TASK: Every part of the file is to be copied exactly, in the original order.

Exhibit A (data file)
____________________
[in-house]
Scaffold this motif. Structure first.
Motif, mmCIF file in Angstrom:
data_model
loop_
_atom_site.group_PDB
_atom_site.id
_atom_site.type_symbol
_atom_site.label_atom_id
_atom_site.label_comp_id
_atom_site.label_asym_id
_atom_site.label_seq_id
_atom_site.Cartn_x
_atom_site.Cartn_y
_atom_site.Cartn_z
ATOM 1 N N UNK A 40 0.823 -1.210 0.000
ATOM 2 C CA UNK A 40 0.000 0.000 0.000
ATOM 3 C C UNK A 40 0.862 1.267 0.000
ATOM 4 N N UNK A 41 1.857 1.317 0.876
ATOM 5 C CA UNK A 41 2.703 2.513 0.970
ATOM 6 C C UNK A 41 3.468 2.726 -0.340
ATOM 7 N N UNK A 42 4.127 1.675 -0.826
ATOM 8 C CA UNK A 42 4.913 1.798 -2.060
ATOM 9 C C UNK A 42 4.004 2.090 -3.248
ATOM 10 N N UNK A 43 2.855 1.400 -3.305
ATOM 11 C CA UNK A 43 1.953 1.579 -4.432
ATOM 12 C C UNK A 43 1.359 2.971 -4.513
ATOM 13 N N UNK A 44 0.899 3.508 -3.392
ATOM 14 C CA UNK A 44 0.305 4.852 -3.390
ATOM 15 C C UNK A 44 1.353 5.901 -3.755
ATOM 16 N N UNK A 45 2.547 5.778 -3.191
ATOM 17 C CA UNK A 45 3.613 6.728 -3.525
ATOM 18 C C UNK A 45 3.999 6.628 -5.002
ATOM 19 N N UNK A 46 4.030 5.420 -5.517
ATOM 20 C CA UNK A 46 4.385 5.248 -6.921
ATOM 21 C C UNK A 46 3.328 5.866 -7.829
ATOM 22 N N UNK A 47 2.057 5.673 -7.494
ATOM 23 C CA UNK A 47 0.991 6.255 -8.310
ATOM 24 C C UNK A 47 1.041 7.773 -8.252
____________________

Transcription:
[in-house]
Scaffold this motif. Structure first.
Motif, mmCIF file in Angstrom:
data_model
loop_
_atom_site.group_PDB
_atom_site.id
_atom_site.type_symbol
_atom_site.label_atom_id
_atom_site.label_comp_id
_atom_site.label_asym_id
_atom_site.label_seq_id
_atom_site.Cartn_x
_atom_site.Cartn_y
_atom_site.Cartn_z
ATOM 1 N N UNK A 40 0.823 -1.210 0.000
ATOM 2 C CA UNK A 40 0.000 0.000 0.000
ATOM 3 C C UNK A 40 0.862 1.267 0.000
ATOM 4 N N UNK A 41 1.857 1.317 0.876
ATOM 5 C CA UNK A 41 2.703 2.513 0.970
ATOM 6 C C UNK A 41 3.468 2.726 -0.340
ATOM 7 N N UNK A 42 4.127 1.675 -0.826
ATOM 8 C CA UNK A 42 4.913 1.798 -2.060
ATOM 9 C C UNK A 42 4.004 2.090 -3.248
ATOM 10 N N UNK A 43 2.855 1.400 -3.305
ATOM 11 C CA UNK A 43 1.953 1.579 -4.432
ATOM 12 C C UNK A 43 1.359 2.971 -4.513
ATOM 13 N N UNK A 44 0.899 3.508 -3.392
ATOM 14 C CA UNK A 44 0.305 4.852 -3.390
ATOM 15 C C UNK A 44 1.353 5.901 -3.755
ATOM 16 N N UNK A 45 2.547 5.778 -3.191
ATOM 17 C CA UNK A 45 3.613 6.728 -3.525
ATOM 18 C C UNK A 45 3.999 6.628 -5.002
ATOM 19 N N UNK A 46 4.030 5.420 -5.517
ATOM 20 C CA UNK A 46 4.385 5.248 -6.921
ATOM 21 C C UNK A 46 3.328 5.866 -7.829
ATOM 22 N N UNK A 47 2.057 5.673 -7.494
ATOM 23 C CA UNK A 47 0.991 6.255 -8.310
ATOM 24 C C UNK A 47 1.041 7.773 -8.252